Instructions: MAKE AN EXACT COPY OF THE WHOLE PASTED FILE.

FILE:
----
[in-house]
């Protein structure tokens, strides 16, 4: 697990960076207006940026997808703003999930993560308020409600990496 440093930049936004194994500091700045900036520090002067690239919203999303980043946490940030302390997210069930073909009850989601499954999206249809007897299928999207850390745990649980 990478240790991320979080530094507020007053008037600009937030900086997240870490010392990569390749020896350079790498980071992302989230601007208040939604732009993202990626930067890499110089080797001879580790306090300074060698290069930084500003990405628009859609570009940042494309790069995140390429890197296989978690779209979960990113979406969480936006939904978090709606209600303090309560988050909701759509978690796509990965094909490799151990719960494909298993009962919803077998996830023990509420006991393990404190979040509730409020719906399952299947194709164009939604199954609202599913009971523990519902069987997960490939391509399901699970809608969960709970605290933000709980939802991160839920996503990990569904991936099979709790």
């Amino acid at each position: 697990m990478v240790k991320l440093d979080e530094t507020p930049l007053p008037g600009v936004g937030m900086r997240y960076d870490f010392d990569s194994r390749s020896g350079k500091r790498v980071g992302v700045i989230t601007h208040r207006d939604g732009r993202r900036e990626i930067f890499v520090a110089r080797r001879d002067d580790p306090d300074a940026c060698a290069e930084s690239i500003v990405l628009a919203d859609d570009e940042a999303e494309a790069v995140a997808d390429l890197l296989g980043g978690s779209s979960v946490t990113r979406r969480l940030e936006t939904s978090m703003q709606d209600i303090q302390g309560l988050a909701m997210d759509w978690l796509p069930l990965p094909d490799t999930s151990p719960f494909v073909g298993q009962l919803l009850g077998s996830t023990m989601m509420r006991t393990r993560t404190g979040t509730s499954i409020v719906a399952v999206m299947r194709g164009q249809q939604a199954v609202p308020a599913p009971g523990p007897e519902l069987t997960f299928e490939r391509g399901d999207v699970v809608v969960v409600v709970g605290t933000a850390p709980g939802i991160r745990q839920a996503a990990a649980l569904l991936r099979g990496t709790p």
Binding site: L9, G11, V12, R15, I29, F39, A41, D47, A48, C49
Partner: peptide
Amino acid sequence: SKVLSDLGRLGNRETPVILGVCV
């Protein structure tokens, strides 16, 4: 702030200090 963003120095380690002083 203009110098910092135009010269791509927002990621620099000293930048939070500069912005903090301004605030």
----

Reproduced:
[in-house]
């Protein structure tokens, strides 16, 4: 697990960076207006940026997808703003999930993560308020409600990496 440093930049936004194994500091700045900036520090002067690239919203999303980043946490940030302390997210069930073909009850989601499954999206249809007897299928999207850390745990649980 990478240790991320979080530094507020007053008037600009937030900086997240870490010392990569390749020896350079790498980071992302989230601007208040939604732009993202990626930067890499110089080797001879580790306090300074060698290069930084500003990405628009859609570009940042494309790069995140390429890197296989978690779209979960990113979406969480936006939904978090709606209600303090309560988050909701759509978690796509990965094909490799151990719960494909298993009962919803077998996830023990509420006991393990404190979040509730409020719906399952299947194709164009939604199954609202599913009971523990519902069987997960490939391509399901699970809608969960709970605290933000709980939802991160839920996503990990569904991936099979709790």
């Amino acid at each position: 697990m990478v240790k991320l440093d979080e530094t507020p930049l007053p008037g600009v936004g937030m900086r997240y960076d870490f010392d990569s194994r390749s020896g350079k500091r790498v980071g992302v700045i989230t601007h208040r207006d939604g732009r993202r900036e990626i930067f890499v520090a110089r080797r001879d002067d580790p306090d300074a940026c060698a290069e930084s690239i500003v990405l628009a919203d859609d570009e940042a999303e494309a790069v995140a997808d390429l890197l296989g980043g978690s779209s979960v946490t990113r979406r969480l940030e936006t939904s978090m703003q709606d209600i303090q302390g309560l988050a909701m997210d759509w978690l796509p069930l990965p094909d490799t999930s151990p719960f494909v073909g298993q009962l919803l009850g077998s996830t023990m989601m509420r006991t393990r993560t404190g979040t509730s499954i409020v719906a399952v999206m299947r194709g164009q249809q939604a199954v609202p308020a599913p009971g523990p007897e519902l069987t997960f299928e490939r391509g399901d999207v699970v809608v969960v409600v709970g605290t933000a850390p709980g939802i991160r745990q839920a996503a990990a649980l569904l991936r099979g990496t709790p």
Binding site: L9, G11, V12, R15, I29, F39, A41, D47, A48, C49
Partner: peptide
Amino acid sequence: SKVLSDLGRLGNRETPVILGVCV
């Protein structure tokens, strides 16, 4: 702030200090 963003120095380690002083 203009110098910092135009010269791509927002990621620099000293930048939070500069912005903090301004605030």